Evaluating the Pharmacokinetics of Meloxicam after Intravenous and Intramuscular Administration in Tilapia (Oreochromis niloticus)
American Association of Zoo Veterinarians Conference 2014
Daniel V. Fredholm1, MS, DVM; Natalie D. Mylniczenko2, MS, DVM, DACZM; Butch KuKanich3, DVM, PhD, DACVCP
1Department of Small Animal Clinical Sciences, College of Veterinary Medicine, University of Florida, Gainesville, FL, USA; 2Disney’s Animal Programs and Environmental Initiatives, Lake Buena Vista, FL, USA; 3Department of Anatomy and Physiology, College of Veterinary Medicine, Kansas State University, Manhattan, KS, USA


Critically evaluating the pharmacokinetic behavior of a drug in the body provides crucial information about how to effectively treat a patient. Currently, pharmacokinetic studies that exist in fish have primarily focused on drugs used to treat infectious disease and minimal attention has been given to analgesic drugs. The objective of this study was to determine the pharmacokinetics of meloxicam (1 mg/kg) in tilapia (Oreochromis niloticus). A single dose of meloxicam was administered either intravenously (IV) or intramuscularly (IM). Blood samples were obtained at predetermined times after drug injection. Plasma meloxicam concentrations were determined and noncompartmental pharmacokinetic analysis was performed. The mean terminal half-life of meloxicam after IV and IM administration was 1.36 hours and 1.8 hours, respectively. The area under the plasma concentration-versus-time curve extrapolated to infinity was 11.26 h·µg/mL after IV administration and 5.72 h·µg/mL after IM administration (1.97 ratio). The mean peak plasma concentration after IM injection was 1.95 µg/mL. Bioavailability of meloxicam after IM administration was approximately half that of IV administration. Elimination was relatively rapid in both routes of administration, suggesting that maintaining clinically relevant plasma concentrations may be difficult using this dose. Administration of meloxicam at a dose of 1 mg/kg in tilapia may be useful for short, minimally painful procedures, but further studies are needed. This study represents the first pharmacokinetic evaluation of a nonsteroidal anti-inflammatory drug in a fish species.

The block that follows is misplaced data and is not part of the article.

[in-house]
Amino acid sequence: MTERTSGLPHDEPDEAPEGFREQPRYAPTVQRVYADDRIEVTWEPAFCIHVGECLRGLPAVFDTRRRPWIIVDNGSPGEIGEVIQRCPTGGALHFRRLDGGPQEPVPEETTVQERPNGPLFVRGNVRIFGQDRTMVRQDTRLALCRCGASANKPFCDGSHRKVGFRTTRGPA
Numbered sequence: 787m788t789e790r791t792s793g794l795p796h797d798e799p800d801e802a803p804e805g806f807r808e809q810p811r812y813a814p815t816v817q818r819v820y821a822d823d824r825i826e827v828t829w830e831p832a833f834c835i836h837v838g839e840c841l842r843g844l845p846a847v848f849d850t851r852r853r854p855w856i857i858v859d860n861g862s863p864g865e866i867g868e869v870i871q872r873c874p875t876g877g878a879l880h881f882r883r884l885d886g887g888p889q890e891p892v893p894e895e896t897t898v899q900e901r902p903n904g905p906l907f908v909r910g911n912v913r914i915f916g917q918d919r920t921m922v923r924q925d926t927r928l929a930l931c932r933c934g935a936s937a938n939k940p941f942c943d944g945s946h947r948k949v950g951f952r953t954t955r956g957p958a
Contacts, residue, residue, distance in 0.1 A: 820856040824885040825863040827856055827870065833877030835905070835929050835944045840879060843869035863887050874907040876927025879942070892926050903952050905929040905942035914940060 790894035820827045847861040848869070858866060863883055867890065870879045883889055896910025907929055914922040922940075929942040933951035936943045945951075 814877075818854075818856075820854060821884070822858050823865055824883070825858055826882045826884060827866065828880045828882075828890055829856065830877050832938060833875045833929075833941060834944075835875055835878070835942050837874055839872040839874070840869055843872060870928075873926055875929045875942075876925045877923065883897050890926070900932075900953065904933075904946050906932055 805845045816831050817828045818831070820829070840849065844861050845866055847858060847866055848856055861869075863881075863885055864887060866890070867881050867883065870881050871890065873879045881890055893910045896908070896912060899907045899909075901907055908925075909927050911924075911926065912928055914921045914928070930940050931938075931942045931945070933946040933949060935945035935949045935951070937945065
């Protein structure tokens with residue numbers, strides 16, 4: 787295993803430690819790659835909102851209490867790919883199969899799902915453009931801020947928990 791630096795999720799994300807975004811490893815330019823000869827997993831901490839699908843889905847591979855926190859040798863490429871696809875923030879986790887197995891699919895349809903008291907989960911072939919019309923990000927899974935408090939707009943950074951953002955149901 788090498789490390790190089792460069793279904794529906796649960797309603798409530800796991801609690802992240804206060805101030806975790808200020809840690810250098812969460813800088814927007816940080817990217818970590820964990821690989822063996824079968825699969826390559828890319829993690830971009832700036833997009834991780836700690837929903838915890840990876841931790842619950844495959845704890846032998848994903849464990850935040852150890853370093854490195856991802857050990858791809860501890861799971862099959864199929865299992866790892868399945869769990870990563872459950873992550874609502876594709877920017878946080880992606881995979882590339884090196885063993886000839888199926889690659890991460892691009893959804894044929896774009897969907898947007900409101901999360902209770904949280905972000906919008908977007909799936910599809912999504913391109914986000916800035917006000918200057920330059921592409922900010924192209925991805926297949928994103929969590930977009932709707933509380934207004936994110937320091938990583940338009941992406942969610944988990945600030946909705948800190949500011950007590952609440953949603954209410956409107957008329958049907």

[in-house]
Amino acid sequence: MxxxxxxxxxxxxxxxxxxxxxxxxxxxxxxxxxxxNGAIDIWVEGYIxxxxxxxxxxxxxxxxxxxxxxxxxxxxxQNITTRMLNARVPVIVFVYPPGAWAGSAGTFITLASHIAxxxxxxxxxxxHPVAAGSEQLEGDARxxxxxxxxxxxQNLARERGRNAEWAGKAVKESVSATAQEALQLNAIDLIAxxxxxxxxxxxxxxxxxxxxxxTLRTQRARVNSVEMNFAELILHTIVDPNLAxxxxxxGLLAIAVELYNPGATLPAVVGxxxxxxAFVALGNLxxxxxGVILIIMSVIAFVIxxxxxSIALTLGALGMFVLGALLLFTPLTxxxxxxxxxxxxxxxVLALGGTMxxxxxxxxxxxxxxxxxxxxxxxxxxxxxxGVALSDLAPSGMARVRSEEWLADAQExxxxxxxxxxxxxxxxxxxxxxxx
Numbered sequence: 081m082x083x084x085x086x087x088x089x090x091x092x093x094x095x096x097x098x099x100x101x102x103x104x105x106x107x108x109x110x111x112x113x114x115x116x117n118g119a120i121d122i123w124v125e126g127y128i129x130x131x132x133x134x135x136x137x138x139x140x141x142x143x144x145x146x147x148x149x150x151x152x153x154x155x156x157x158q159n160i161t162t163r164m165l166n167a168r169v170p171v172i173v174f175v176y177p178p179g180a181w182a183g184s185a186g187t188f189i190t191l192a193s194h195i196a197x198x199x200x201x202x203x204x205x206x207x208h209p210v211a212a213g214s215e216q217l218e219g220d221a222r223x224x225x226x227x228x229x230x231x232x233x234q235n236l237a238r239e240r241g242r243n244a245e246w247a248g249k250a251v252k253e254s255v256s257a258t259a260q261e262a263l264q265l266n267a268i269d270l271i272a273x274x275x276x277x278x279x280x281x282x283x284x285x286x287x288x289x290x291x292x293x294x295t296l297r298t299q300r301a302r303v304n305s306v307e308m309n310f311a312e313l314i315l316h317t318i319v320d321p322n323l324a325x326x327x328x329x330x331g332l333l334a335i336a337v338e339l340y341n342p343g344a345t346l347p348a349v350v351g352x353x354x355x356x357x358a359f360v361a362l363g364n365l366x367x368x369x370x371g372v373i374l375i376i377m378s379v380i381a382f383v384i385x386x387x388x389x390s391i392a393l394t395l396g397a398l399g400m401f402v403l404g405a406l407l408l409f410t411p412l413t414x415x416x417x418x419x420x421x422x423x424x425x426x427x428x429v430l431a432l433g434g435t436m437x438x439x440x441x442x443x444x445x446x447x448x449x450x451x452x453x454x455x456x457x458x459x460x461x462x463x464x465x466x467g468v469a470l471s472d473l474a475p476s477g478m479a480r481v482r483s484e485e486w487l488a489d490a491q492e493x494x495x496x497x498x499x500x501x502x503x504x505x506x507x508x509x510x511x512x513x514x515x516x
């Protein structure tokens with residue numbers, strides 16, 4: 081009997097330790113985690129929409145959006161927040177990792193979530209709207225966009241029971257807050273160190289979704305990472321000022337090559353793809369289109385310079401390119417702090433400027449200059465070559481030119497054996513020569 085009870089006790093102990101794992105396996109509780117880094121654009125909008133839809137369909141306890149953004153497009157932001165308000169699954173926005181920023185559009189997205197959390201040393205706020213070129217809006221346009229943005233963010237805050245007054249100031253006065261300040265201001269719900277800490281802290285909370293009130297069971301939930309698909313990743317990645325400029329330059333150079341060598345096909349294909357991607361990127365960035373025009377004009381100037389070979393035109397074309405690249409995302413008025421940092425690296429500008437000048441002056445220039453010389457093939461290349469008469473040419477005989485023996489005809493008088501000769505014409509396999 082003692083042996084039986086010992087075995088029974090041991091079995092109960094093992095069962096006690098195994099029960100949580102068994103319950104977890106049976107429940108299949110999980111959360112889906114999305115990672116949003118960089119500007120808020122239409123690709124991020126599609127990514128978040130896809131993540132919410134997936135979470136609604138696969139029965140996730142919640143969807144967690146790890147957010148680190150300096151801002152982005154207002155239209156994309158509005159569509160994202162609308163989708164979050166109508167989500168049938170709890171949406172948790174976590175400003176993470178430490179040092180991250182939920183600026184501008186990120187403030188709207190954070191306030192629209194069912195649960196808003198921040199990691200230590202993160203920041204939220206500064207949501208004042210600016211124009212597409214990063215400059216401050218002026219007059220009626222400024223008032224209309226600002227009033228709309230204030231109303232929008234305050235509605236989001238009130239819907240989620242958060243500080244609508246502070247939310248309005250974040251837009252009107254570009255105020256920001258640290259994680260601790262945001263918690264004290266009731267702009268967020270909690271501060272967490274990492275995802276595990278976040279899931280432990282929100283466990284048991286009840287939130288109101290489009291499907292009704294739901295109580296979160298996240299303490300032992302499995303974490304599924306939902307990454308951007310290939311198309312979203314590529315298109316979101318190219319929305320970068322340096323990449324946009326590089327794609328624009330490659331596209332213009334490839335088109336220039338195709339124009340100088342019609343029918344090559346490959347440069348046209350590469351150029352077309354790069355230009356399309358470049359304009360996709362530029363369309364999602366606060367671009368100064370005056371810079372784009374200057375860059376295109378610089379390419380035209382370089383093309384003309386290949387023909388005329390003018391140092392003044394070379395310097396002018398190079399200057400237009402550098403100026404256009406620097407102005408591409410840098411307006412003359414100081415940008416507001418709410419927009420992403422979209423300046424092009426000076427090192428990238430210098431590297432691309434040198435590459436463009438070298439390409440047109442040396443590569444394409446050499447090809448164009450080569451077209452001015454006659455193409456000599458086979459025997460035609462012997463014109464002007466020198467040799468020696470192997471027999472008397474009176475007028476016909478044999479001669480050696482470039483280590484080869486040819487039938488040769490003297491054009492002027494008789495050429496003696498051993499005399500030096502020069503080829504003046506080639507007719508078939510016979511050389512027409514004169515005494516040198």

Speaker Information
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Daniel V. Fredholm, MS, DVM
Department of Small Animal Clinical Sciences
College of Veterinary Medicine
University of Florida
Gainesville, FL, USA

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